A man is sitting on the floor at home working on his laptop remotely while his children play in the background.
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Government to publish new remote working strategy by end of year

18 Nov 2020

Tánaiste Leo Varadkar has said the new strategy will cover digital hubs, expenses, benefits, the right to disconnect and more.

At today’s (18 November) Dáil session, Tánaiste and Minister for Enterprise, Trade and Employment, Leo Varadkar, TD, said he will publish a new remote working strategy by the end of 2020.

In response to a bill presented by the Labour Party on working from home during Covid-19, Varadkar said the strategy would cover creating a network of digital hubs across the country for remote workers, tax and expenses arrangements, benefits, the right to request to work remotely and the right to disconnect.

The bill was first presented to the Dáil on 12 November by Labour Party members Alan Kelly and Aodhán Ó Ríordáin. It proposes giving employees who are working remotely the “right to switch off” from work-related communications outside of their allotted working hours.

Changing priorities

Kelly, the Labour Party leader, said that current Irish laws around working from home are “either outdated, unworkable or non-existent”. He highlighted that at the beginning of 2020, around 200,000 employees in Ireland were working from home regularly.

That figure has more than tripled to 700,000 since the impacts of Covid-19 set in, according to Kelly. This is going to have long-term effects, he said, on “everything from transporting and commuting to regional development, industrial policy and everything else”.

“People’s priorities have changed,” Kelly continued. “Covid has been a disrupter.” He spoke about a Mental Health First Aid Ireland survey carried out earlier this year.

In it, almost one-third of respondents said they weren’t happy with their current work-life balance. Kelly said: “The report concludes that as boundaries are blurred between work and life, workers have found it hard to switch off.

“Some 42pc of those surveyed agreed that they found it difficult to maintain the boundaries between home and work life and almost half of all respondents, 49.3pc to be exact, worked over their contracted hours.”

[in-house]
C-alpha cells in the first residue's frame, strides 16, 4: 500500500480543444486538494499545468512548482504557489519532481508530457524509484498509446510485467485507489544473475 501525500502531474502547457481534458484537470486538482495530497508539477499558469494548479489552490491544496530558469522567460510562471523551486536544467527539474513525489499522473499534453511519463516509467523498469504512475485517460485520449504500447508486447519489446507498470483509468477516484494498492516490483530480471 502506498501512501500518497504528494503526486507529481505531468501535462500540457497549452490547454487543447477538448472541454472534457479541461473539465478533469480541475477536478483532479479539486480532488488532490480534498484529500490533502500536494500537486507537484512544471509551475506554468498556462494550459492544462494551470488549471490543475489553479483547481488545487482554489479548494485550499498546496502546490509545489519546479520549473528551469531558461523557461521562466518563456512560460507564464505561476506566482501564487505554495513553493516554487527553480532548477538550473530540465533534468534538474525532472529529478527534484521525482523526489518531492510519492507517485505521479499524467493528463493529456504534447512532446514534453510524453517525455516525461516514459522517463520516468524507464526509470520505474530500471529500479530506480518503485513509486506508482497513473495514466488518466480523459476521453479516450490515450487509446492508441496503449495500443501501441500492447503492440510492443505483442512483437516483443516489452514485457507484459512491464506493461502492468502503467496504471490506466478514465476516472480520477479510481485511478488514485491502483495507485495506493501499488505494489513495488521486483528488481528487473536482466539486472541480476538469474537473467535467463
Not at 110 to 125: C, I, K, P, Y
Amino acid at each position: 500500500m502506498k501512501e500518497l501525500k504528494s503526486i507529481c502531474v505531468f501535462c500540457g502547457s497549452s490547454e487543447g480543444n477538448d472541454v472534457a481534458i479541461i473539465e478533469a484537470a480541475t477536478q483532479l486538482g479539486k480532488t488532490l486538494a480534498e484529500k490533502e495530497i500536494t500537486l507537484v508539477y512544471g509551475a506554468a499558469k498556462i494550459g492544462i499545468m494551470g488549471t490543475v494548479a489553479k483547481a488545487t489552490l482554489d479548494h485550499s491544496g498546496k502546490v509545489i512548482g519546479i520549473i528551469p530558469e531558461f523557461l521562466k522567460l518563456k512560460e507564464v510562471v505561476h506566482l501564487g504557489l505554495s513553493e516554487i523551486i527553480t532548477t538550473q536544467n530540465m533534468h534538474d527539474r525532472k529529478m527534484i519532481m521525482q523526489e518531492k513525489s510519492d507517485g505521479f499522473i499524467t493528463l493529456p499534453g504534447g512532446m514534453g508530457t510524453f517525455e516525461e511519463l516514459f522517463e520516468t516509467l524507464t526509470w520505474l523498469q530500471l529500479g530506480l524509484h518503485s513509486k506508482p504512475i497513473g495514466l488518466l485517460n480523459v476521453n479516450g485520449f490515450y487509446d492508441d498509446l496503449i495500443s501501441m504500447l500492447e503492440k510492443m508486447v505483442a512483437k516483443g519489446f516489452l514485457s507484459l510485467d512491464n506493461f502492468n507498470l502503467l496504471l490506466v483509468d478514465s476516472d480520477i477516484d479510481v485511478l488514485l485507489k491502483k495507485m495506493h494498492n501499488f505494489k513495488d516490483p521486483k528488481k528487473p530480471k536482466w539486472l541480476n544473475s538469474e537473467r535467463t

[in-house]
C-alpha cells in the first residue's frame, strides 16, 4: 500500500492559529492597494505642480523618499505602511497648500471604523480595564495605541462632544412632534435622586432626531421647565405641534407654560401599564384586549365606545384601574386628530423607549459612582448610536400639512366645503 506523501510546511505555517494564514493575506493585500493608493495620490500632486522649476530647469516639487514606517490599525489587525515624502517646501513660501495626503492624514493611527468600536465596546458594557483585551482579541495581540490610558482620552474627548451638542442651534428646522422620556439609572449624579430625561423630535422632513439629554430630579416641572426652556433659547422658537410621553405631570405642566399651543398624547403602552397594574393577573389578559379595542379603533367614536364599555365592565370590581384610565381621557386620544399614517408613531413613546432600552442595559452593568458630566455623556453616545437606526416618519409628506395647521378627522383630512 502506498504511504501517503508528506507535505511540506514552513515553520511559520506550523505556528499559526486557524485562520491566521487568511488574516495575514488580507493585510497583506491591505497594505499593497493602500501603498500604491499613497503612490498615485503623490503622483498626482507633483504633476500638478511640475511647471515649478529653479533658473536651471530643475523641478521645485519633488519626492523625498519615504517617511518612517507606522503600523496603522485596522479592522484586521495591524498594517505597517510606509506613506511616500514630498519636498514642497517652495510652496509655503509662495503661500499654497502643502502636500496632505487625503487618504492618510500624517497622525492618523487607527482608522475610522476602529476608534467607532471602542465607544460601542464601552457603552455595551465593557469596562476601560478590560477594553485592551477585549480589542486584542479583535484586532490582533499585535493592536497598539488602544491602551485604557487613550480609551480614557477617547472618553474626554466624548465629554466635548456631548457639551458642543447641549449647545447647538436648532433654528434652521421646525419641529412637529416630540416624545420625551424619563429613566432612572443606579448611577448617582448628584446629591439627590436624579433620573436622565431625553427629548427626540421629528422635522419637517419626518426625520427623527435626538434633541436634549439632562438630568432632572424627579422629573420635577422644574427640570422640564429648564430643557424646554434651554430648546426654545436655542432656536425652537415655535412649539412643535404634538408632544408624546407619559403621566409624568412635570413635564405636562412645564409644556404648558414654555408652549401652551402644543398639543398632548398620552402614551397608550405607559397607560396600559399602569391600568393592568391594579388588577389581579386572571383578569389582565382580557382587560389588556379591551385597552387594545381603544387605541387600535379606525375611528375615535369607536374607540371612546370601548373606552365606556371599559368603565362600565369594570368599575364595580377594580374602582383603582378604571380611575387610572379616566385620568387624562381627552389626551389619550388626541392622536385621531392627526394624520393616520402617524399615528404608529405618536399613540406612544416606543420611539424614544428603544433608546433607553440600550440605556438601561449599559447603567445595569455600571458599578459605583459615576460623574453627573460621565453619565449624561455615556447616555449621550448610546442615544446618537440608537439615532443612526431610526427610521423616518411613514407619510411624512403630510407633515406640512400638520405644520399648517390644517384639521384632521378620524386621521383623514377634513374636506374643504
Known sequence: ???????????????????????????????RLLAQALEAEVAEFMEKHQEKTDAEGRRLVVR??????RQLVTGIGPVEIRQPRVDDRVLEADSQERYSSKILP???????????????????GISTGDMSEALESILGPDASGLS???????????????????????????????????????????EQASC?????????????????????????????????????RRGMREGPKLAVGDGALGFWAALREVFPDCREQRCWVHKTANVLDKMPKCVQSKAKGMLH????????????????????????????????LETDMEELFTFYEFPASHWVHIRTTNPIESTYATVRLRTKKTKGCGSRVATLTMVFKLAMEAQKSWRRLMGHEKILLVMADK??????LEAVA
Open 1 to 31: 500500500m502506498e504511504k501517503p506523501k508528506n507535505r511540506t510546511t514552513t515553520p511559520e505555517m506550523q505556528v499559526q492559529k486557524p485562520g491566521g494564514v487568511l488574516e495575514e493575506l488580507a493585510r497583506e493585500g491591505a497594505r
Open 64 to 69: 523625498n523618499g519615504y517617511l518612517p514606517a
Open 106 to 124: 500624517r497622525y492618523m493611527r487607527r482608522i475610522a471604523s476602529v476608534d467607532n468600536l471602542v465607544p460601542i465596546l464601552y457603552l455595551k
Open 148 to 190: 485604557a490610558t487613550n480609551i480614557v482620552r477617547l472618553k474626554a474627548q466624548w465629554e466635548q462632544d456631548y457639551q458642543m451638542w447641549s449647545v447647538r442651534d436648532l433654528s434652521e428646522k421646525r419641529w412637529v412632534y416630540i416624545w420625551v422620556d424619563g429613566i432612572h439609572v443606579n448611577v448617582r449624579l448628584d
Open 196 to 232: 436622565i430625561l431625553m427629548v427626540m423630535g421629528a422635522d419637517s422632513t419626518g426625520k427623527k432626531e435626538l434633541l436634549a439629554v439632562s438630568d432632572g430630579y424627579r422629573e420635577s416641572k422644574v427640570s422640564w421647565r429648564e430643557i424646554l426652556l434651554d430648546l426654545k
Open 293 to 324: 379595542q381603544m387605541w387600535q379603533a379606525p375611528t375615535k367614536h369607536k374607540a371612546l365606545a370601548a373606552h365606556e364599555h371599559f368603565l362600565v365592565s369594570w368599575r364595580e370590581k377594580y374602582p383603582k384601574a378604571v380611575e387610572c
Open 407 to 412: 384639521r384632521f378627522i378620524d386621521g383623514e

The Government has also conducted its own public consultation on remote working. The results haven’t been announced yet, but will be used to shape public policy on the matter.

Working From Home Bill 2020

The Working From Home Bill 2020 proposes two new protections for employees: the right to switch off and access to appropriate workstations to carry out their job from home. It would require employers to communicate their policies on out-of-hours communication.

Many people are working from home in “cramped and unsuitable spaces”, according to Kelly, which he believes should be rectified by Government funding. Moreover, he added that employers are “effectively required to inspect the homes of their employees to ensure that they are suitable for working from home”. He called this “completely and utterly ludicrous” and “unenforceable and simply wrong”.

“While the nature of work may be changing at a rapid pace, the need to protect the rights of workers will never change,” he said.

Lisa Ardill
By Lisa Ardill

Lisa Ardill joined Silicon Republic as senior careers reporter in July 2019. She has a BA in neuroscience and a master’s degree in science communication. She is also a semi-published poet and a big fan of doggos. Lisa briefly served as Careers Editor at Silicon Republic before leaving the company in June 2021.

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